New or improved building materials and innovative protection technologies offer updated solutions to the constantly increasing capacity requirements in structural, geotechnical, plant, and mechanical engineering design and rehabilitation. At the same time, they open novel and challenging research and application perspectives.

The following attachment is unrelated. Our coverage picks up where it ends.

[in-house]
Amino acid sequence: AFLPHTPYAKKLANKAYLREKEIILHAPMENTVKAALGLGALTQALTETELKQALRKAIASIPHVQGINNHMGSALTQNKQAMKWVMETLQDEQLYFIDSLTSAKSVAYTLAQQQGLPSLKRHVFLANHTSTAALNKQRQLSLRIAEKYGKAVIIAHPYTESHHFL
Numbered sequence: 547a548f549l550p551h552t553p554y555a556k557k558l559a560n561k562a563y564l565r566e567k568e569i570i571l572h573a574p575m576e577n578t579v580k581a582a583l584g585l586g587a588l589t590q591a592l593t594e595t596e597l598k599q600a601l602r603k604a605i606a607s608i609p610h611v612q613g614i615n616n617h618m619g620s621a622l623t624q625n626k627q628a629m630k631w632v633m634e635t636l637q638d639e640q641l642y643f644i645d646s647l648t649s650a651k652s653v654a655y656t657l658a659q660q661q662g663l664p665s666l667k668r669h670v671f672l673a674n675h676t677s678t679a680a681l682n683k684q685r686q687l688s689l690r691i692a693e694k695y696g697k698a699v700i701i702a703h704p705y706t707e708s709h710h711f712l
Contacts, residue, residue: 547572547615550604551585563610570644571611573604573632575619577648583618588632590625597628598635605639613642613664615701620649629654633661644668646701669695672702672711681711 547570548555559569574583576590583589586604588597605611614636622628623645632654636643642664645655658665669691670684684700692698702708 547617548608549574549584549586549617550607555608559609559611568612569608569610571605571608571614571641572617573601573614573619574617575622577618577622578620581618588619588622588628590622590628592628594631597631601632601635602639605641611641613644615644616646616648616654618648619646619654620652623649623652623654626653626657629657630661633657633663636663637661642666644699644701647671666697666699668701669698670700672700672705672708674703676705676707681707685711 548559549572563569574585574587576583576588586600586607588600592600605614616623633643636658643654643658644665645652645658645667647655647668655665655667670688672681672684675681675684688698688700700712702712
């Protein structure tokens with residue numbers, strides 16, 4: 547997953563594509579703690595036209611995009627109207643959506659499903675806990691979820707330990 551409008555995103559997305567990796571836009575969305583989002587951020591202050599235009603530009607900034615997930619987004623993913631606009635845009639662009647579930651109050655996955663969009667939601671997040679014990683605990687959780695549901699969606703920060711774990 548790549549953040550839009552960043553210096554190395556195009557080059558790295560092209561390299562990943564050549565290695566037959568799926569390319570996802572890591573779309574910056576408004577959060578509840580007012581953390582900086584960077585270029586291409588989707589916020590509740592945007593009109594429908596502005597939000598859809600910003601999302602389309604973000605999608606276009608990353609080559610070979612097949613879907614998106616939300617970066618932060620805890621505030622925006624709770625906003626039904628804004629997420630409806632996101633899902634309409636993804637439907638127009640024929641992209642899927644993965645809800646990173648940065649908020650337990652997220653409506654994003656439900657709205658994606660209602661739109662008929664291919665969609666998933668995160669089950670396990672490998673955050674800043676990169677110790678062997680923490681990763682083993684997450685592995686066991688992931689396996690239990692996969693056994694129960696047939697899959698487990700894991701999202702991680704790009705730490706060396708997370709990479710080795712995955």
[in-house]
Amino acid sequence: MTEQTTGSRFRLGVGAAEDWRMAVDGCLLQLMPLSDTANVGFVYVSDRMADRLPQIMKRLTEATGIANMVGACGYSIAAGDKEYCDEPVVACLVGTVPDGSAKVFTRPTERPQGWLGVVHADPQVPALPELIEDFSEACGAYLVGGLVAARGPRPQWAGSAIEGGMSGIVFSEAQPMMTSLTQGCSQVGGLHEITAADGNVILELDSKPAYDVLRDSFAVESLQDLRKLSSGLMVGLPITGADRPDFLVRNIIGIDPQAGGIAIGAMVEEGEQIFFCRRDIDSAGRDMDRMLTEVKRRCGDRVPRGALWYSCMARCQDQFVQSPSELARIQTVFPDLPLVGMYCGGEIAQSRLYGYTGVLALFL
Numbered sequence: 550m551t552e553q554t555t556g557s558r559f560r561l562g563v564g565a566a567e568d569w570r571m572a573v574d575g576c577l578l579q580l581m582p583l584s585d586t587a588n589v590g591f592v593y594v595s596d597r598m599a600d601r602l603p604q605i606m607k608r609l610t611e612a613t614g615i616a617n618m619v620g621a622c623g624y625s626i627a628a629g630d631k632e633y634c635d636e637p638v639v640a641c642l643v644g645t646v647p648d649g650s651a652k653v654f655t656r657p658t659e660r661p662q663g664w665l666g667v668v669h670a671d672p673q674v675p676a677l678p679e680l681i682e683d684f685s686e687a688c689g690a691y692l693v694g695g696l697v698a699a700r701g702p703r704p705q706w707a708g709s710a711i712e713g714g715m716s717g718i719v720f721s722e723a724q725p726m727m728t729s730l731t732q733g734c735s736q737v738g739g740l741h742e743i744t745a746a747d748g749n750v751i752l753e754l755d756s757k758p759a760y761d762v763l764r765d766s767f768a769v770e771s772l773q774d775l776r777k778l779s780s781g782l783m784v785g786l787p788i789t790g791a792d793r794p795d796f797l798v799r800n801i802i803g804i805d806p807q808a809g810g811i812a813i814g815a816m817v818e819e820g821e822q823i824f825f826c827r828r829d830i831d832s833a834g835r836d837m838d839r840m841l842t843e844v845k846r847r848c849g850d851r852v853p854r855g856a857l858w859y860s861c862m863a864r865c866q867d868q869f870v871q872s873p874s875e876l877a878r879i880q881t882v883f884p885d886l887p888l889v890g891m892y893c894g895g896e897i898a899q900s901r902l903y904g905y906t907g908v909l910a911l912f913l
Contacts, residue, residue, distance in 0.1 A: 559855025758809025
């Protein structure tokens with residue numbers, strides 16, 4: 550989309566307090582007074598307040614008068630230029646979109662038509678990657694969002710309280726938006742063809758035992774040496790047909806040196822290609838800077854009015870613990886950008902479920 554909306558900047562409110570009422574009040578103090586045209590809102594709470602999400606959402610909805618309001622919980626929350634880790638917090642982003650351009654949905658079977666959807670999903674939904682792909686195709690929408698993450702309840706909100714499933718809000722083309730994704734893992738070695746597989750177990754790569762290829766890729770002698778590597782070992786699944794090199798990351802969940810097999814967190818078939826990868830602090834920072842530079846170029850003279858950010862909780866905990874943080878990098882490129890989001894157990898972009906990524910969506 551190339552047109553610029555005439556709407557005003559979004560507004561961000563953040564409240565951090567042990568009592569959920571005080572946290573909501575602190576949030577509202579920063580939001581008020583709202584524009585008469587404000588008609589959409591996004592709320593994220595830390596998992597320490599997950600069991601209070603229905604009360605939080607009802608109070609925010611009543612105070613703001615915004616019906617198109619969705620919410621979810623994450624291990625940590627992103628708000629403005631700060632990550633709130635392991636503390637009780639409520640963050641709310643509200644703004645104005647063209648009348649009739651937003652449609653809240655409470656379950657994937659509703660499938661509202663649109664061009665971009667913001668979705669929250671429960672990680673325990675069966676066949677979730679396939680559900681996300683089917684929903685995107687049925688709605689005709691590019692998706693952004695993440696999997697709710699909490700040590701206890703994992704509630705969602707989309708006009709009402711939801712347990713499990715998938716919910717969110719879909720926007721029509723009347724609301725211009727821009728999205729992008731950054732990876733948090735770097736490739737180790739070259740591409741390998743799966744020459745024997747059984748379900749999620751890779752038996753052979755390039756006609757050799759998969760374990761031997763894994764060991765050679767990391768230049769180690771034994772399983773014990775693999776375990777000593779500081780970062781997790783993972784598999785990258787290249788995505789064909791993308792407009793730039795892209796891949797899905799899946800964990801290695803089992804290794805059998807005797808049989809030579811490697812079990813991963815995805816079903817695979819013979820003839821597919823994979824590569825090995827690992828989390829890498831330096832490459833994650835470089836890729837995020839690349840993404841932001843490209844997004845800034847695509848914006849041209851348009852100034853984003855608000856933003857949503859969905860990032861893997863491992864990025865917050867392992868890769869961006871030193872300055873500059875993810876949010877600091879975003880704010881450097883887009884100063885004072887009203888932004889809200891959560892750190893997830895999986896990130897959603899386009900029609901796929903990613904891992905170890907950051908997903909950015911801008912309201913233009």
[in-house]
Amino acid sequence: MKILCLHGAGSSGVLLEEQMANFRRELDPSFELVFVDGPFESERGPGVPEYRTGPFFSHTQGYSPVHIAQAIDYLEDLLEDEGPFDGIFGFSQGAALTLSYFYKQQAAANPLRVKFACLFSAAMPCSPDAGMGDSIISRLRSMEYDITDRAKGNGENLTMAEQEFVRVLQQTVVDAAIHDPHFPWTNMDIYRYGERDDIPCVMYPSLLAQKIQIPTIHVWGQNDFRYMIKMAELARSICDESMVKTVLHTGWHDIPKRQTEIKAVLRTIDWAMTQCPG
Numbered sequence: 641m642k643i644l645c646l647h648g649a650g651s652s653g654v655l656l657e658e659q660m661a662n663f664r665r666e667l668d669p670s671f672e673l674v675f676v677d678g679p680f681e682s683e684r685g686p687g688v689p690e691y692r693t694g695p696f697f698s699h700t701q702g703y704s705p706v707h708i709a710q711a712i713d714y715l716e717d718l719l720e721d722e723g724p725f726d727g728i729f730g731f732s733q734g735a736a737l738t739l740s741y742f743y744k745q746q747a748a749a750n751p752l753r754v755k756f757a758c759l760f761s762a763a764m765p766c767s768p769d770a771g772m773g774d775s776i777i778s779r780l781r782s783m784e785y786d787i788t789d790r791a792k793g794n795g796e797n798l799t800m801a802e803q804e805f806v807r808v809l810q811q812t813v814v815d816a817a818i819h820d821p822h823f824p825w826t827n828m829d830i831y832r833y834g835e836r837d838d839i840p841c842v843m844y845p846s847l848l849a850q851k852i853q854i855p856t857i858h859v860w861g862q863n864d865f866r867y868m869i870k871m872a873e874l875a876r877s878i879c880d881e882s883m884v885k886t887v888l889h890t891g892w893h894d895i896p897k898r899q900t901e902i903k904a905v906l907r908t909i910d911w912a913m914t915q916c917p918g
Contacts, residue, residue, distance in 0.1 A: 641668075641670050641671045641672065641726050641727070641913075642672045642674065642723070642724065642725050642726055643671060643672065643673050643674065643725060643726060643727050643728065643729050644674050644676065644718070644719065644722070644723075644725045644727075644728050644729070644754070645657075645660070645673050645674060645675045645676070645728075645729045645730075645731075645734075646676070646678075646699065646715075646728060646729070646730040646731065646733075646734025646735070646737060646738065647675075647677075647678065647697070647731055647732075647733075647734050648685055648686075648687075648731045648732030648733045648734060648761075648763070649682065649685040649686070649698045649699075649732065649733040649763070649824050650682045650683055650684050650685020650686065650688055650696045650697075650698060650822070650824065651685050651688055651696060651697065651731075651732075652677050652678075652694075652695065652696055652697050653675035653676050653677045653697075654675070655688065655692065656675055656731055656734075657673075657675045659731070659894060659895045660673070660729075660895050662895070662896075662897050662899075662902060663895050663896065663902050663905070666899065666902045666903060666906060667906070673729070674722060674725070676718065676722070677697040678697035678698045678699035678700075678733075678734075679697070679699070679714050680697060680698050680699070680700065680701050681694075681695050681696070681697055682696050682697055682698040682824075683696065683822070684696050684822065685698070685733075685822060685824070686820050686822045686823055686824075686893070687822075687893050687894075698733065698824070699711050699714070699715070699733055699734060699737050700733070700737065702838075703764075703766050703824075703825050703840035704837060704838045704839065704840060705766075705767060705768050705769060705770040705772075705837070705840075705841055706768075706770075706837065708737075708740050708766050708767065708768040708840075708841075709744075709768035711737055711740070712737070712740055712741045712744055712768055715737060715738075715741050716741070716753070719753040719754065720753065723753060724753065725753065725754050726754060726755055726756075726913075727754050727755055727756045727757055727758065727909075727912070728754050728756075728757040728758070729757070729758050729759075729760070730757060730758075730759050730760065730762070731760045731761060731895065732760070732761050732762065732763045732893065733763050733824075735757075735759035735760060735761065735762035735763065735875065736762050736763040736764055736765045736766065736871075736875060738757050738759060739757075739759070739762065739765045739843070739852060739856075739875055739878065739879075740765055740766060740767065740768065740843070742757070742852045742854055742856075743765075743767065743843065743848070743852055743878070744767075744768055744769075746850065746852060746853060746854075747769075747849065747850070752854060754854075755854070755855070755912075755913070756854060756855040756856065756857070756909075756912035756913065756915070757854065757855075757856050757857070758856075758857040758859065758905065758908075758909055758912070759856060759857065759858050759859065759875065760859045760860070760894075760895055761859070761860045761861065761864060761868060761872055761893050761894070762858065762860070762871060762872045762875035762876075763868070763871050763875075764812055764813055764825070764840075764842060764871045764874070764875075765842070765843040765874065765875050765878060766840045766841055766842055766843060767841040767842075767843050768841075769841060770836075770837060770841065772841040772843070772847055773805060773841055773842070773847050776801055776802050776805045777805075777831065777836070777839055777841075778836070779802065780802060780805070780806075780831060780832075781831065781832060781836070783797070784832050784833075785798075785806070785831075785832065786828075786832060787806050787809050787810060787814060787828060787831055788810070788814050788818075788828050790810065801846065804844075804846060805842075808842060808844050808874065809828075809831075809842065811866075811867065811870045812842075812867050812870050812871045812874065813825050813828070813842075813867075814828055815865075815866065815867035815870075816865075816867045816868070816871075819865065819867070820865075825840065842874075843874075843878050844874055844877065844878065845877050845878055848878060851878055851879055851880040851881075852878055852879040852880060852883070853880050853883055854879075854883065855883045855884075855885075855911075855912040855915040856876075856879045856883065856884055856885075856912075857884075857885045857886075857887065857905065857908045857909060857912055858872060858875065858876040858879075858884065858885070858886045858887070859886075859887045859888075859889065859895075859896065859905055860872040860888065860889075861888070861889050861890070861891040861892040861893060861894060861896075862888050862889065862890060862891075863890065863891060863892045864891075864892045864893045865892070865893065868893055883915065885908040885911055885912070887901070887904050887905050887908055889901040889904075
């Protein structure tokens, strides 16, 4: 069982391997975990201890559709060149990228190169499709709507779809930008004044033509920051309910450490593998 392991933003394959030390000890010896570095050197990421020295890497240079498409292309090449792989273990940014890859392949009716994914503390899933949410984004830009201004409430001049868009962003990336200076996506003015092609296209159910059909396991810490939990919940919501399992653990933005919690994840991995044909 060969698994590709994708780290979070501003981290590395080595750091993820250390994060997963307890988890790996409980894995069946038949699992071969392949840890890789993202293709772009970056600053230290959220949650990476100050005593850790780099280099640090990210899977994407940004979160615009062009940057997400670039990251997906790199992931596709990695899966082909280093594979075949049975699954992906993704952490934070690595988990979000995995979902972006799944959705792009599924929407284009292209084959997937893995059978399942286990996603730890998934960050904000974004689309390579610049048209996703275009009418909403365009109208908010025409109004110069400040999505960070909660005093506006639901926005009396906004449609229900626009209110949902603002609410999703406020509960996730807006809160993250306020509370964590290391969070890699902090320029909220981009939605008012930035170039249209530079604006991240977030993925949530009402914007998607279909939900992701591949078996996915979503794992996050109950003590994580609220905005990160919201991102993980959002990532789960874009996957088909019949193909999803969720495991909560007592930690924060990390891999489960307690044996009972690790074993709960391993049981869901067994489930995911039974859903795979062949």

The objective of this special issue was to provide readers with a representative outlook of the latest achievements in this field, including emerging aspects in modelling, testing, manufacturing, and practical implementation studies. The response of the scientific community was encouraging, with over 100 manuscripts submitted. The published papers offer a selected and articulated overview of the examined topics.